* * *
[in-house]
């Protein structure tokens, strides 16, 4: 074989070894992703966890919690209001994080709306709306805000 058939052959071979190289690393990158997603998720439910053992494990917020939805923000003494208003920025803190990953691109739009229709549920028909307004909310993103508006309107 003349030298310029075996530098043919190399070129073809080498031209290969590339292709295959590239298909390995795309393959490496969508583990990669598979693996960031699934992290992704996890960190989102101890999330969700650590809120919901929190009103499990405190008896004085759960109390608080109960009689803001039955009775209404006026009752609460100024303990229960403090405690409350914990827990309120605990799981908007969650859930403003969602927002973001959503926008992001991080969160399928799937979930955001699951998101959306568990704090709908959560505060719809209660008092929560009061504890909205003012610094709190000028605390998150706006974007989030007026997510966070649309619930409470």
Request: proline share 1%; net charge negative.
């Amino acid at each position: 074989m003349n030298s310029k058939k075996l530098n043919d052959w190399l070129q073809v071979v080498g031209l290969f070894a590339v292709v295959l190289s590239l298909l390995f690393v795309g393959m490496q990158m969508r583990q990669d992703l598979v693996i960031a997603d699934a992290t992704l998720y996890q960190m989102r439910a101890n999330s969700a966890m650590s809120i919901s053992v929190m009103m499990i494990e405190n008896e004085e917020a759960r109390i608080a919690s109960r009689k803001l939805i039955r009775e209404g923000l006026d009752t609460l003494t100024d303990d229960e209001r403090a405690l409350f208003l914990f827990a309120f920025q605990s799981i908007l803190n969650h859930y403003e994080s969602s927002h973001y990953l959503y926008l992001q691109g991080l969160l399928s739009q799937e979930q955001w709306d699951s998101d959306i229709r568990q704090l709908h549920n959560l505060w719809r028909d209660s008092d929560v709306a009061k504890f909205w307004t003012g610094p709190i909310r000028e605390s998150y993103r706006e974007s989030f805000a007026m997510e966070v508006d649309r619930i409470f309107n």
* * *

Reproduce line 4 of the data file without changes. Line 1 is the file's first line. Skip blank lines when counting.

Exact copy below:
């Amino acid at each position: 074989m003349n030298s310029k058939k075996l530098n043919d052959w190399l070129q073809v071979v080498g031209l290969f070894a590339v292709v295959l190289s590239l298909l390995f690393v795309g393959m490496q990158m969508r583990q990669d992703l598979v693996i960031a997603d699934a992290t992704l998720y996890q960190m989102r439910a101890n999330s969700a966890m650590s809120i919901s053992v929190m009103m499990i494990e405190n008896e004085e917020a759960r109390i608080a919690s109960r009689k803001l939805i039955r009775e209404g923000l006026d009752t609460l003494t100024d303990d229960e209001r403090a405690l409350f208003l914990f827990a309120f920025q605990s799981i908007l803190n969650h859930y403003e994080s969602s927002h973001y990953l959503y926008l992001q691109g991080l969160l399928s739009q799937e979930q955001w709306d699951s998101d959306i229709r568990q704090l709908h549920n959560l505060w719809r028909d209660s008092d929560v709306a009061k504890f909205w307004t003012g610094p709190i909310r000028e605390s998150y993103r706006e974007s989030f805000a007026m997510e966070v508006d649309r619930i409470f309107n």